Active duty military and full-time Reserve or National Guard who are considering leaving military service can cut the time in half that it takes start receiving their veterans’ benefits by planning ahead.
It is to your advantage to submit your disability compensation claim prior to separation, retirement or release from active duty or demobilization. Processing times tend to be much shorter for claims submitted prior to discharge than after discharge. Predischarge programs provide service members with the opportunity to file claims for disability compensation up to 180 days prior to separation or retirement from active duty or full-time National Guard or Reserve duty (Titles 10 and 32).
The Departments of Defense and Veterans Affairs work together using the Integrated Disability Evaluation System to make disability evaluation seamless, simple, fast and fair. By using this system while on active duty, you can receive a proposed disability rating before leaving the service. While in a predischarge program, you may also apply for other VA benefits, such as vocational rehabilitation and employment, education, and loan guaranty.
There are basically three processes to accomplish this connection to benefits or at least speed up the process.
Benefit Delivery at Discharge: The most common process is called Benefit Delivery at Discharge, and the VA has a goal of getting benefits started under this program within 60 days after discharge. Service members can start as early as 180 days prior to their separation or discharge date. The program requires a minimum of 60 days to allow sufficient time to complete the medical examination process, which may involve multiple specialty clinics, prior to separation from service. Benefit Delivery at Discharge is available to all service members on full-time active duty, including members of the National Guard and Reserve.
Quick start: If you are closer than 60 days to separation from service, submit a Quick start claim, the second most common process. Quick start claims are for service members with one to 59 days remaining on active duty or full-time Reserve or National Guard service, or service members who do not meet the Benefits Delivery at Discharge criteria requiring availability for all examinations prior to discharge.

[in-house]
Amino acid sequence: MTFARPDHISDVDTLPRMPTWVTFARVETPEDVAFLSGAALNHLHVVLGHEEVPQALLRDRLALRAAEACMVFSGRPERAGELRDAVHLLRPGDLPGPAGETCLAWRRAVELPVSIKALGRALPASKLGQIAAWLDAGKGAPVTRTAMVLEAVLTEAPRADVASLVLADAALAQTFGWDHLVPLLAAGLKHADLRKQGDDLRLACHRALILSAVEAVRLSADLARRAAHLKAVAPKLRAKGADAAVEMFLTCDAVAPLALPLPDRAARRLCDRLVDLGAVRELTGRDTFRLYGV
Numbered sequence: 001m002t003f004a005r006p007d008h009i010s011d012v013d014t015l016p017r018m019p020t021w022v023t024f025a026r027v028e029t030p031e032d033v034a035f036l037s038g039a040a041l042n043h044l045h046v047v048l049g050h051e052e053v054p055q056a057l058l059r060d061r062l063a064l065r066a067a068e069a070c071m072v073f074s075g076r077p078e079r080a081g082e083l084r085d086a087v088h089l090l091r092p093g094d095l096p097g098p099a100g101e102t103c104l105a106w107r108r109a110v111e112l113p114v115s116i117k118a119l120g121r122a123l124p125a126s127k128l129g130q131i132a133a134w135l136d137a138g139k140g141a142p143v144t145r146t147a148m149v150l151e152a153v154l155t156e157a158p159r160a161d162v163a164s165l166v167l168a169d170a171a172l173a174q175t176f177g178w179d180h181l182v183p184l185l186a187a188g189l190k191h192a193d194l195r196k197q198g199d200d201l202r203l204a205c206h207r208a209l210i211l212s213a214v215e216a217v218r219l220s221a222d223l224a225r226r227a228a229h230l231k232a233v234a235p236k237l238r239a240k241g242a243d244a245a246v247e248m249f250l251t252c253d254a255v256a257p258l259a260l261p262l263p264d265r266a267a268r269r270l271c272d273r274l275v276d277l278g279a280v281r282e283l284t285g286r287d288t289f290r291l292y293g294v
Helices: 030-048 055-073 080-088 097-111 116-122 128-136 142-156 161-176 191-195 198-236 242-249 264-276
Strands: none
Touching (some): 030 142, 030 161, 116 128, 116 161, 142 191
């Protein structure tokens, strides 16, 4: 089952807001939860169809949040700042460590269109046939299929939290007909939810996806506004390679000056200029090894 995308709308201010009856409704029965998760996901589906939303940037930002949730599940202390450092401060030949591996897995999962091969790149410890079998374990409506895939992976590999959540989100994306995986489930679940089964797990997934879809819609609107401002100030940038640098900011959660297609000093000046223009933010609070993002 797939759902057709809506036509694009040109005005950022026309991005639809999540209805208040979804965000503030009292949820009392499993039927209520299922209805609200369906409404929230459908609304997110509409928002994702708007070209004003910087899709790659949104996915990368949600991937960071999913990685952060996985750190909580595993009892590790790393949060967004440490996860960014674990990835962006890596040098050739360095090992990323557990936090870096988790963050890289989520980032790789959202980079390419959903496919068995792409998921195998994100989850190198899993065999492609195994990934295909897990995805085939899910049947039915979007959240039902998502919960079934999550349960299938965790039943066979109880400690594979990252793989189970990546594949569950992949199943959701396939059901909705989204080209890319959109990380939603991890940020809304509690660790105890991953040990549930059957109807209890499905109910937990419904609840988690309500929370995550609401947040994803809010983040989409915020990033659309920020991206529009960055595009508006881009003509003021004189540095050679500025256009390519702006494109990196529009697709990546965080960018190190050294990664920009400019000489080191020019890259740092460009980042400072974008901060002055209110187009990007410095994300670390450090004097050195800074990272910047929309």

Overseas intake sites: There is also a process available at selected sites in Germany and Korea called overseas intake sites that should be started within 180 days prior to discharge. For information on these programs, send an email to [email protected] or [email protected]
To file a Benefit Delivery at Discharge or quick start claim, service members should stop by the Solano County Veteran Services Office for help completing VA Form 21-526C (Predischarge Compensation Claim). The form will be submitted along with your service treatment records (originals or copies) to the VA. You may also do this online using your e-benefits account.
The concept behind these options is to have all of the compensation and pension exams completed prior to your separation date and actually start receiving VA benefits two months after discharge. The VA always pays in arrears and if you were discharged on the first of the month, payment would not be received until the end of the month.
Given that VA claims for disability may take four to 12 months to process once you are out of the military, it makes sense to try to get the exams done while you are still in service. If you choose to file after you get out, please come by our office with a copy of your DD-214 and your complete service treatment records that can be sent to the VA.
We also advise you to come in and file if the military gave you a rating when you were discharged. Many times, this rating is too low and other issues were omitted.
Ted Puntillo is director of Veteran Services for Solano County. Reach him at 784-6590 or [email protected] The Solano County Veteran Services Office, 675 Texas St. in Fairfield, is open from 9 a.m. to noon and 1 to 4 p.m. Monday through Friday.